The Royals came into spring training with two outfield spots filled by All-Stars - Alex Gordon and Lorenzo Cain. The team seemed willing to give outfielder Jarrod Dyson more playing time and a shot at getting most of the playing for the third outfield spot. That plan hit a snag when Dyson strained his oblique in the first spring training game, which will likely cause him to miss the first two weeks of the regular season. That leaves Paulo Orlando to start in right field in his absence, with a glut of outfield options available in a reserve role.
That outfield picture became clearer after a few weeks of spring training games. Long-time minor leaguers Jose Martinez and Brett Eibner were reassigned to minor league camp early, and veteran Travis Snider has not hit well. Whit Merrifield has impressed in camp as a utility player capable of playing the outfield and Ned Yost has considered keeping Terrance Gore as a pinch-runner. However the Royals will likely want an outfielder in a reserve role and it is looking like Reymond Fuentes could be that player. Who is Reymond Fuentes?
The left-handed hitting Fuentes was originally a first-round pick by the Boston Red Sox out of high school in 2009, signing a $1.1 million bonus. The Puerto Rico-born outfielder is second cousins to former Royals outfielder Carlos Beltran. After a solid first season as a pro, the Red Sox shipped him to San Diego as part of the large trade for All-Star first baseman Adrian Gonzalez. By 2012, he was already in AA ball as a 21-year old, but struggled mightily, hitting .218/.301/.302.
He bounced back in a big way in 2013, hitting .316/.396/.441 in AA, earning a short promotion in AAA before making his big league debut with the Padres that season. He was ranked as a C+ prospect by John Sickels at Minorleagueball.com before the 2014 season, a season which produced mixed results in 2014. At the end of the season, the Padres faced a 40-man roster crunch. Rather than lose Fuentes on waivers, new General Manager A.J. Preller engineered his first trade,sending Fuentes to Kansas City for pitcher Kyle Bartsch.
Fuentes can fly around the bases, stealing 216 career bases in the minor leagues at a terrific 80% success rate. He is a high-average hitter who can draw some walks, with a career 8.2% walk rate in the minor leagues. As a player, he is not dissimilar to the player he could replace - Jarrod Dyson. Fuentes will not be known for his home run ability, but he is not completely bereft of power like Dyson. Here is how John Sickels described Fuentes when the Royals acquired him.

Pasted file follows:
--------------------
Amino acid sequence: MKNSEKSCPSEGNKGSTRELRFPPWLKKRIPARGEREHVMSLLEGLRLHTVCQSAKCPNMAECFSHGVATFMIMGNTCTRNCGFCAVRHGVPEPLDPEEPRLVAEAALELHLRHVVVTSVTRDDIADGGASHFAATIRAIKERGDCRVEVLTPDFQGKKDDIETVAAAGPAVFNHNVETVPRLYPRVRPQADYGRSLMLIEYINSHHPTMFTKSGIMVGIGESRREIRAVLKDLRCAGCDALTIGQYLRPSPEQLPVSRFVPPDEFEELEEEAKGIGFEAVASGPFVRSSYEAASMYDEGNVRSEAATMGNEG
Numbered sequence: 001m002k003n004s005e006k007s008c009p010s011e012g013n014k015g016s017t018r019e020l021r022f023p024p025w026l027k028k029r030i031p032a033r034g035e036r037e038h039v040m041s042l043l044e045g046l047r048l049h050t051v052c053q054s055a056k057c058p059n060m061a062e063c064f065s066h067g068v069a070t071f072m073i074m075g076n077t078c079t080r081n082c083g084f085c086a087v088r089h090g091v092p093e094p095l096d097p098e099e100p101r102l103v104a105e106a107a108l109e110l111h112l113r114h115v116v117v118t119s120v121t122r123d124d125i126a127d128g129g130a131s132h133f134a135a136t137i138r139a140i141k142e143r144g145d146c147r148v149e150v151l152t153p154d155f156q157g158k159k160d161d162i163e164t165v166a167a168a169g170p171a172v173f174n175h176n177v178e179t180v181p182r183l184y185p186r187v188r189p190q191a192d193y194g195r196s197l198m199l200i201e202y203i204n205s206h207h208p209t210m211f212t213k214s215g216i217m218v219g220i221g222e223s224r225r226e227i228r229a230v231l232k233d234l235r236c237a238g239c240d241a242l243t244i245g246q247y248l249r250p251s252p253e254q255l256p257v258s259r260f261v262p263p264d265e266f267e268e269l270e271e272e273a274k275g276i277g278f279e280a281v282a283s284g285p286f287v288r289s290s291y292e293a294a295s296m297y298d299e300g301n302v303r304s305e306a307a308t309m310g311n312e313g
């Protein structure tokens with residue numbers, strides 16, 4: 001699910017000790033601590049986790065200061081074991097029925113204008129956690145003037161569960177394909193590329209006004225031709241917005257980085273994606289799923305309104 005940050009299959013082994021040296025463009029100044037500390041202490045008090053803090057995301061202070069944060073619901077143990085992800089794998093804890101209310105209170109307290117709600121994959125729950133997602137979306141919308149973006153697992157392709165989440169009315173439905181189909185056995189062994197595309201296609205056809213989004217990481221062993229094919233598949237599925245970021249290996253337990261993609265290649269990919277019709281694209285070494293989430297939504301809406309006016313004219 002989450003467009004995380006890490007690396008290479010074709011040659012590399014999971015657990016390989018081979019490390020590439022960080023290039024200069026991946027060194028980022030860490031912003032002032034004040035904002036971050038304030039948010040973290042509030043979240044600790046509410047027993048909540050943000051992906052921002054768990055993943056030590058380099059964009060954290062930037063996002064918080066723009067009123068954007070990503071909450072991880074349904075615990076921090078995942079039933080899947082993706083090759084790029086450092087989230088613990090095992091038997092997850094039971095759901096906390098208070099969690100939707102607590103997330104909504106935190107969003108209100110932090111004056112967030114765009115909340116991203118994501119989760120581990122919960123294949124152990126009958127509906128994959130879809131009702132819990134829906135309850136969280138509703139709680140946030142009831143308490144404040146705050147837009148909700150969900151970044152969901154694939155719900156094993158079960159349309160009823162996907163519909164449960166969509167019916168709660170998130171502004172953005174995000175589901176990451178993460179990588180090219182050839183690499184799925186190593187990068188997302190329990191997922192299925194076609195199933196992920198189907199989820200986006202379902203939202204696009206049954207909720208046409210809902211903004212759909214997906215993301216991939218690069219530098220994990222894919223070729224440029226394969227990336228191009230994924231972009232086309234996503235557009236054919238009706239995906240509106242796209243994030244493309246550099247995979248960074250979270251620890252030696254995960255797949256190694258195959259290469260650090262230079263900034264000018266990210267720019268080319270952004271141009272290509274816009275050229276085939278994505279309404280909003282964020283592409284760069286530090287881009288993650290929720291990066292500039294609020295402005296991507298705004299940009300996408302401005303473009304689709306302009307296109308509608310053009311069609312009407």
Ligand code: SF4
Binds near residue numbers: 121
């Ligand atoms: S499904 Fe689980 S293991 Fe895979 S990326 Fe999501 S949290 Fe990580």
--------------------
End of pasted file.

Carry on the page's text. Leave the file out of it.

Fuentes' main tool is his speed which translates to both sides of the ball. He's a plus runner with good base stealing instincts and excellent range and defense in left field or center field. He doesn't show anything in the power department, probably maxing out at 5-10 homers per year at his peak. Scouts are down on his hit tool, despite posting at least a .315 average his last two trips through the Texas League spanning nearly 600 plate appearances.... His arm isn't quite noodle status but it's also not a strong point in his profile, grading out anywhere from fringy to a tick below average. Overall, I believe he could handle holding down either left or center field in a starting role for a team out of contention.
Fuentes had a fantastic season last year for AAA Omaha, hitting .310/.364/.432 with 9 HR 47 RBI and 29 steals in 462 plate appearances. Clint Scoles at Baseball Prospectus Kansas City likens Fuentes to Giants outfielder Gregor Blanco, who has served as a useful outfielder for several seasons.
The two players’ profiles are somewhat similar in that they both had good contact rates in the minor leagues, have limited power, and use speed as their main tool in their arsenal. Both players also have average arms, making center and left-field their best positions which is a downer for Fuentes considering the Royals already have Lorenzo Cain and Alex Gordon manning those outfield spots. The advantages from my eyes are that Fuentes enjoys slightly better raw speed and more power than Blanco while the Giants outfielder possesses a better overall plate approach which converts into a likely higher on base percentage outside batting average.
Fuentes has impressed in spring training with a surprising three home runs thus far, however not too much stock should be taken with power numbers in the thin Arizona air. He has also shown great ability with his baserunning and defense, two attributes the Royals love in a player. At age 25, Fuentes is still young enough to have some upside left, but is not so young that he will be overwhelmed by Major League action.
Fuentes has options remaining, which could work against him staying in Kansas City beyond Dyson's injury. However he could be the right fit for what the Royals need in Jarrod Dyson's absence - a player who can play the outfield 1-2 times a week, fly around the bases, play great defense, and hit a bit.